Tips For Dealing With Tragedies: Public and Private
There are two types of tragedies that affect people in life: public and private. Public tragedies are particularly stressful because of their scope, cause, duration, and/or media attention. Recent examples include the events of 9/11/01, the Columbine High School massacre, and various natural disasters such as floods and tornadoes. Public tragedies affect large numbers of people at once, compared to private tragedies (e.g., a death in one family) which affect relatively few individuals.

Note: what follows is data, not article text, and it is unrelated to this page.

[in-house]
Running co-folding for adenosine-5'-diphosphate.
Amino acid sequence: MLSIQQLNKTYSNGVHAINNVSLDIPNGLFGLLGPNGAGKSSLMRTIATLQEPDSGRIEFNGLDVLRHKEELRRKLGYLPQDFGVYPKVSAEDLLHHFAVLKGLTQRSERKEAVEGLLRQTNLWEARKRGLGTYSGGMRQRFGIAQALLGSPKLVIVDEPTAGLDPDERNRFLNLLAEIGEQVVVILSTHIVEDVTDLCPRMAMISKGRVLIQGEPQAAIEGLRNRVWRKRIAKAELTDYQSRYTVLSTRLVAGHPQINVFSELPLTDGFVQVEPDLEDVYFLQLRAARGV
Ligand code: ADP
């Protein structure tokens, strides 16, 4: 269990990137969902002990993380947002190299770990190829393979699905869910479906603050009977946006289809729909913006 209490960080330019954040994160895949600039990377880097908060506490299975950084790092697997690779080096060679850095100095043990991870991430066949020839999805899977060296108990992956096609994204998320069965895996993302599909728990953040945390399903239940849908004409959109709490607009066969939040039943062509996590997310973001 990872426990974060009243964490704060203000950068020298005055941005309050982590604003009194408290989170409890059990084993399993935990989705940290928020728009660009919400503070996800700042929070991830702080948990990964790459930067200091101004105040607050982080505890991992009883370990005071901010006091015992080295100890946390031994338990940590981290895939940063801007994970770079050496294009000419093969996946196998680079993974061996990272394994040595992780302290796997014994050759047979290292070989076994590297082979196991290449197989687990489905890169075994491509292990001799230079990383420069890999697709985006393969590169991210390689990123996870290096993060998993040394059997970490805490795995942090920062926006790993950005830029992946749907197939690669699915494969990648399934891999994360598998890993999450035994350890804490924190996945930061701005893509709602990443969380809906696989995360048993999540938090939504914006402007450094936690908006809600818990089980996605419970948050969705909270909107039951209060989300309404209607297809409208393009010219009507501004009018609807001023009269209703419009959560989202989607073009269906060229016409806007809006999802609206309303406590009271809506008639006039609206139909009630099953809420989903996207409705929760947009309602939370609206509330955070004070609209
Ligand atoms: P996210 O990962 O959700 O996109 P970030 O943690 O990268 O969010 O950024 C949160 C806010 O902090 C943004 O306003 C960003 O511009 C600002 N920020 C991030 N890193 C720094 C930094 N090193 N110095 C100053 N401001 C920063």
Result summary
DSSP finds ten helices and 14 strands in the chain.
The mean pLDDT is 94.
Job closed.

Below are some key pieces of advice for dealing with a public or private tragedy: · Advance preparation for a tragedy is always helpful. An example is donating blood. One pint of blood can save three lives. Another example of advance preparation is having at least three months expenses set aside in an emergency reserve fund. · A common reaction to highly stressful events is a deep sense of powerlessness. The best antidote for this is to "do something," preferably with other people. That's why memorial services can be such a powerful healer. They help people regain a sense of order by staying connected with others who have experienced a similar life event. · A good way to deal with a crisis is to be "task oriented". Many people find it helpful to make lists of things that need to be done and when (e.g., next 2 days, 1 week, 1 month, etc.) and to take action on these tasks. · Helping professionals (teachers, doctors, counselors, etc.) have a valuable role in helping people prepare for the range of experiences that they might experience. For example, telling victims that "it is normal to feel like....". This helps victims realize that they are not crazy or alone in their reaction to a stressful event. · How people appraise a situation greatly impacts their reaction to a public (or private) tragedy. Some people always see the downside of events while others see the glass as half full and are often quoted as saying, "it could have been much worse." · Assessing your coping resources and abilities can be helpful before and during times of tragedy. How have you experienced loss before, and what helped and what did not? For example, some people say that their faith and family members help sustain them or that they are fortunate to have emergency savings, good friends, or an employed spouse. · The goal of grief is to integrate a tragic loss into one's life. Rituals and memorialization are an important part of the healing process. Examples include planting a tree in someone's memory, establishing a scholarship fund or foundation, and placing a deceased individual's favorite ornaments on a Christmas tree. · Tragedies often include the following stages: an initial event, the early aftermath or crisis phase, the short-term aftermath or processing phase, and the long-term aftermath or adaptation phase. Everyone reacts differently in a crisis, though, and no one significant event, such a memorial, trial, or verdict will automatically end the process of grief.